Tuesday, June 18, 2013

Food Addiction

I know many people who go into fitness, train hard, look good, who have still not come to terms or created a balanced and healthy relationship with food and exercise. Even the ones who post inspiring pictures of themselves looking fit, or try to inspire others to work out, or they are competitive either in fitness or sports, I still see vacillate from not working out at all to over-training and killing themselves.

I see them vacillate from hardly eating to binging. I have a competition coming up or I need to look good for this thing coming up, let me starve and work out a lot. Now that this thing is over, let me eat A LOT and not work out at all.

In a way they have mastered the physical aspects of fitness but not the mental aspects. They haven't come to terms with valuing themselves, their relationship with food, using exercise as a form of obsessive control.

Food addiction is not a fitness or a calorie count, calorie burn issue, it's a mental health issue. This is a fantastic article.

"I know how it starts. 
Believe me, I've been there. 
You have a bite. 
And then another. 
Next thing you know, the box is gone and you feel terrible. 
You're disgusted, ashamed, embarrassed, guilty, and -- even through the fog of a sugar high -- you know you're SO much smarter than this. So why can't you stop eating?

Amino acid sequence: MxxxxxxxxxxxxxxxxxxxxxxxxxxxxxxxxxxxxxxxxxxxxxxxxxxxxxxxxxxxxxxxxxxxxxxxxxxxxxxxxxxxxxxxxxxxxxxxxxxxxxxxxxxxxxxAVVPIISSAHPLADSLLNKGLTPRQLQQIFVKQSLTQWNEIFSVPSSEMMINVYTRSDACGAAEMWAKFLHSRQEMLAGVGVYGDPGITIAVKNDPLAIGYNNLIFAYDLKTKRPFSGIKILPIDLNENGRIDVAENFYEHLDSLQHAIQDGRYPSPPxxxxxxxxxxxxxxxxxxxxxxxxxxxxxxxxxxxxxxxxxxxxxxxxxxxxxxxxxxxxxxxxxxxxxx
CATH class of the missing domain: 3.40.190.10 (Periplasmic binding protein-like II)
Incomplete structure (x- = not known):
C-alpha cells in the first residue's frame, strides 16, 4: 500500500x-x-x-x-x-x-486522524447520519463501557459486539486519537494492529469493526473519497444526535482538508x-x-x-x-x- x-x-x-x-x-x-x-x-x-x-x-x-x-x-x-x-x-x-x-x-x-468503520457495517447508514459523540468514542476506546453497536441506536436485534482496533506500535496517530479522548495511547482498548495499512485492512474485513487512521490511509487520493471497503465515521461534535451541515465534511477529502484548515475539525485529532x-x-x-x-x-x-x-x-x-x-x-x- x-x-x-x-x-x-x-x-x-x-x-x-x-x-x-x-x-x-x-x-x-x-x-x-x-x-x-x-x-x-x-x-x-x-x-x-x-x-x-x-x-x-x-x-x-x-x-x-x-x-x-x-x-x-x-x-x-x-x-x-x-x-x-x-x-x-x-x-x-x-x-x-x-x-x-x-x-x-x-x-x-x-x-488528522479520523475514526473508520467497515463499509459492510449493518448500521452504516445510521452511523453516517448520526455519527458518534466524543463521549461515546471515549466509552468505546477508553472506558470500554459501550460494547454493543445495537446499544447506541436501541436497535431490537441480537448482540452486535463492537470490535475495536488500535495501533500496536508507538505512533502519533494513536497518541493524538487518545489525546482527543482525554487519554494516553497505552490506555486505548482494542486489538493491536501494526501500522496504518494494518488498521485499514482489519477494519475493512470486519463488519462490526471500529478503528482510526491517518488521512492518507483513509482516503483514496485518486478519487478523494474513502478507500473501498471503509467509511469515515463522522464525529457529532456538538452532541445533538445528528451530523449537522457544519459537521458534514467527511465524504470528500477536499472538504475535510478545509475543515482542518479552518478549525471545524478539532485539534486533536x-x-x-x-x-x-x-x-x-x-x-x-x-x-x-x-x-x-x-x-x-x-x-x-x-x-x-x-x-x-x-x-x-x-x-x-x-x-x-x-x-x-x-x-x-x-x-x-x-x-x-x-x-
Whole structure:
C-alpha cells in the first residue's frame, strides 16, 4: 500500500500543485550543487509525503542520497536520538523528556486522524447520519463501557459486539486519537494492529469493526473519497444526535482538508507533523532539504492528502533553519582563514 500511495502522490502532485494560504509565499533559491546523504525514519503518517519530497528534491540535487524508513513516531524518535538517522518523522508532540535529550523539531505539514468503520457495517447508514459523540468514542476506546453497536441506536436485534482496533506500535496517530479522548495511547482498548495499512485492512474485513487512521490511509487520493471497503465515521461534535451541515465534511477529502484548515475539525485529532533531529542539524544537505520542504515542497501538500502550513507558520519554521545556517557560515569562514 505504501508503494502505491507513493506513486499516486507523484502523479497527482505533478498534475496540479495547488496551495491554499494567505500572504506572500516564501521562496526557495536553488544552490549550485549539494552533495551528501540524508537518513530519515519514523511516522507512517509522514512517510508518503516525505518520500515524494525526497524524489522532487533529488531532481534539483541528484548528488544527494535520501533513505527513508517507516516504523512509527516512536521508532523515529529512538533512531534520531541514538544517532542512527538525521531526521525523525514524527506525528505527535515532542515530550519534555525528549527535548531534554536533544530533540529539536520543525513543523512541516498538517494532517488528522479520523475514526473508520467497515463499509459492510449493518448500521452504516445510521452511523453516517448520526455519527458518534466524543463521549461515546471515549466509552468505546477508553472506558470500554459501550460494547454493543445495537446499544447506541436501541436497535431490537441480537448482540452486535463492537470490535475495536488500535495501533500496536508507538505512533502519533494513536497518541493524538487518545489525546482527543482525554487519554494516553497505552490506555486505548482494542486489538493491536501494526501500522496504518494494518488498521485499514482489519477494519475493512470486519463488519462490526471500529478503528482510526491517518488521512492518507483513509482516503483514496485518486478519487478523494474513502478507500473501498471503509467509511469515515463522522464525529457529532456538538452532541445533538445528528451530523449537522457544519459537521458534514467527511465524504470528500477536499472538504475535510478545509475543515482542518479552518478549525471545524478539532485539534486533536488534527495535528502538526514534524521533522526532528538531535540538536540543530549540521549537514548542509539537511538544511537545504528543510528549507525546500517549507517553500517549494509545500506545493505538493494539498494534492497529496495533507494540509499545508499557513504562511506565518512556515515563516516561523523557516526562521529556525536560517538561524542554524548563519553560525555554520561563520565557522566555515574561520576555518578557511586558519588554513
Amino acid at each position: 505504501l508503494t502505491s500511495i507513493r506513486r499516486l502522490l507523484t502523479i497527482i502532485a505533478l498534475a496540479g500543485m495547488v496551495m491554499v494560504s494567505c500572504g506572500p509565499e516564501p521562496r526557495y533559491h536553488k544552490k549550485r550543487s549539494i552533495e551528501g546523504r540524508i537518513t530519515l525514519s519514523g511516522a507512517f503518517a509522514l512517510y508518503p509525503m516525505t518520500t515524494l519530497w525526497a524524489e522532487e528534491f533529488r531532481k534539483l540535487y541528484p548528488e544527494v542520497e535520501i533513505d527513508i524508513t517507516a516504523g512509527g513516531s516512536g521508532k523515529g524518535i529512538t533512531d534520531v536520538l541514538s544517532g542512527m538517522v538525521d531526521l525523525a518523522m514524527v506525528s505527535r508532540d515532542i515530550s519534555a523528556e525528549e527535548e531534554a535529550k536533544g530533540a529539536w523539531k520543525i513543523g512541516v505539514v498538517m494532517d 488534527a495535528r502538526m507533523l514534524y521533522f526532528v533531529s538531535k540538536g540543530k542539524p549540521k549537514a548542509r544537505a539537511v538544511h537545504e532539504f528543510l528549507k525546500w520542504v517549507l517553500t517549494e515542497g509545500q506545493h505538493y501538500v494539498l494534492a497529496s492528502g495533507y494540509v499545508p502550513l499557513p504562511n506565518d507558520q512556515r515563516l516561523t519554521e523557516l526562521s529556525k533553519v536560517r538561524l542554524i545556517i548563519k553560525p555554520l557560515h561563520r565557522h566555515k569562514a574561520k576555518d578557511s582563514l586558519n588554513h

The answer is because it's not about the food. It's about numbing and distracting yourself so you can avoid something unpleasant. 
The boss you don't like. 
The spouse who is distant. 
The past you're trying to forget -- or perhaps the future you're trying to avoid. 
My own food addiction in college stemmed from a deeeeeply internalized fear of entering "the real world" with no job, no money, and $40,000 in student loans. (Seriously. My debit card was rejected at Subway.) 
Still... rather than face these fears head on, I'd hit up three different drive-thrus, eat my weight in greasy sandwiches, hate myself for a few hours, go to bed, wake up, hit the gym, and let the cycle begin again. 
Sure there was some greedy appeal in the deviously, chemically-addictive food itself, but the added appeal was that the more time I spent focusing on how out of control I was in this area of my life, the less time I had to actually deal with the other parts. So the distraction was subconsciously intentional. 
To be honest, I didn't think I'd write about this topic again. I've already been there, done that and I recovered a long time ago. 
But then I read this introduction to Mika Brzezinski's new book and so closely identified with her pain and the "daily tyranny" of her hidden addiction that it brought me back to my own struggle, and those of my friends. 
While I didn't use this word at the time, I know without question that I got my life back through mindfulness. 
In fact, the day I started to heal was the day I (finally) admitted I couldn't change what I couldn't acknowledge. And once I became willing to observe the triggers that made me want to escape through food, the more I learned the root cause of my bingeing was stress. 
Here comes the disclaimer. 
You don't have to be a food addict to recognize the pattern of emotional eating. We've all reached for the ice cream at some point to soothe the pain of a broken heart or a broken dream. (The difference, of course, is that addicts can't stop.)"

Read more: The Huffington Post
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